— Don’t bother hauling coolers, weighed down with ice and drinks, to the beach.
Shoes work just fine.
A duo of Kokomo residents, one a delivery truck driver, the other an owner of a speaker store with a global market, have begun selling a type of footwear that puts a new spin to the term “bootlegging.”
Hidden within the soles of the sandals created by T.A. Weber and Jim Rayl Jr. are flasks that pour out of the shoes’ heels.
The men admit the FlipFlask isn’t an original idea — the concept spurred from a similar pair Rayl had that was discontinued. But the Kokomo residents say their product is much better quality.
Rayl said he received flask sandals as a gag gift several years ago. The problem was they leaked a lot and trips to the beach meant sand got into the drinks that sloshed below his feet.
After they left the market, Rayl took the idea to Weber.
“I actually took my favorite pair of sandals, hacked them up and put a shot bottle in them,” Weber said.
After about a year of trying out six or seven prototypes, the men had the FlipFlask and its catch phrase: “A party in every pair.” Both the shoes and the slogan are trademarked.
Each sandal’s sole has a bottle that holds 1.5 ounces of fluid. Openings for the container poke out slightly from the heels, where shoe wearers can unscrew the caps and pour their drinks.
“I poured a drink while on a beach in Florida,” Rayl said. “A guy comes up. ‘Did I just see you do what I think I saw you do?’”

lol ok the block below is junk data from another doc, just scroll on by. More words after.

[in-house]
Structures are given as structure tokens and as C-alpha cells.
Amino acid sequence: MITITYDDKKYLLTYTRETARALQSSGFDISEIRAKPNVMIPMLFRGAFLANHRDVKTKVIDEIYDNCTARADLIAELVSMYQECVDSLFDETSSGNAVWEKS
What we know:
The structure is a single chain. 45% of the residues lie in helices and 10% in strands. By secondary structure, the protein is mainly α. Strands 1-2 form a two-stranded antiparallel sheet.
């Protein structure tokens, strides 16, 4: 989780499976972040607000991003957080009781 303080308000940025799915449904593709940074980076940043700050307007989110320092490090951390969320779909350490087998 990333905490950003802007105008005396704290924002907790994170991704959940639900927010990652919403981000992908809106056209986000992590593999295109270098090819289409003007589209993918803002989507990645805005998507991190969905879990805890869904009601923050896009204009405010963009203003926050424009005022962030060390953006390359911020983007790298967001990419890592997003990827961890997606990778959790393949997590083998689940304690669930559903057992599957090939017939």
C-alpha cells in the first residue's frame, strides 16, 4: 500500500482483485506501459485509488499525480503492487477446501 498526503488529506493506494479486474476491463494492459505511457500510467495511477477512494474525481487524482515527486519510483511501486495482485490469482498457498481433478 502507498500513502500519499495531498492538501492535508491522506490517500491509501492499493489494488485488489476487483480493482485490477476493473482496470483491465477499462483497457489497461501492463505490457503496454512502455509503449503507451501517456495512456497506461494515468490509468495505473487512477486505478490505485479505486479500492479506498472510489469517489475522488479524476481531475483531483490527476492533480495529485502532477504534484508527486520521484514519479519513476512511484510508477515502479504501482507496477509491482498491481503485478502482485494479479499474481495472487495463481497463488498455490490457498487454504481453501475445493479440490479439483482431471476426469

Available in a single style of a brown and burnt orange cracked pattern over black soles, FlipFlasks probably won’t earn a spot on a Parisian runway.
But at a cost of $30 per pair, Weber and Rayl have been able to sell a few hundred pairs of FlipFlasks since they debuted in November.
Sales have picked up in recent weeks after regional and national endorsements.
Rayl said he has sent pairs of the sandals to celebrities, including several talk show hosts, around the U.S. in hopes of earning an on-air mention.
The most-viewed spotlight so far came from Ellen DeGeneres earlier this month, when she featured FlipFlasks on her daytime talk show.
With a display of the shoes and a downward tip of the heel, she poured a beverage into a martini glass and the crowd roared.
Her response: “I think if somebody sees you drinking out of a shoe, they might think you have a drinking problem.”
The network TV air time, along with a mention on “The Bob and Tom Show,” led to spurts of buyers who visited FlipFlasks’ website to find a gift that would earn them a laugh.
Made for Men
Rayl and Weber know their product is a novelty, best suited for shelves in gag gift stores. That’s why they’re marketing FlipFlasks to young men.
“They actually are comfortable,” Rayl said.
The duo has been blanketing university campuses, concerts and tailgate areas at sporting events to find buyers. Weber said he and Rayl have convinced a few liquor stores in the Kokomo area to sell FlipFlasks.
The men have been looking for musical artists, many of whom Weber knows through his speaker store, to sell the shoes at concerts or endorse them on-stage.
Plans are in place to develop FlipFlasks for women, possibly an all-black style.
Other styles of shoes could also await if the sandals sell well enough, Rayl and Weber said.
“We thought it might be funny to do a high heel where you drink from the heel,” Rayl said.
The FlipFlask enterprise will remain a side project for now, both men said.
But for Weber, it has been a rejuvenating change from the speaker business he has worked in for more than a decade.
“I’m reinvigorated,” he said. “It’s like I felt 15 years ago when I started in the speaker business. I thought ‘Is this actually going to work?’”
• Daniel Human is the Kokomo Tribune business reporter. He can be reached at 765-454-8570 or at daniel.human@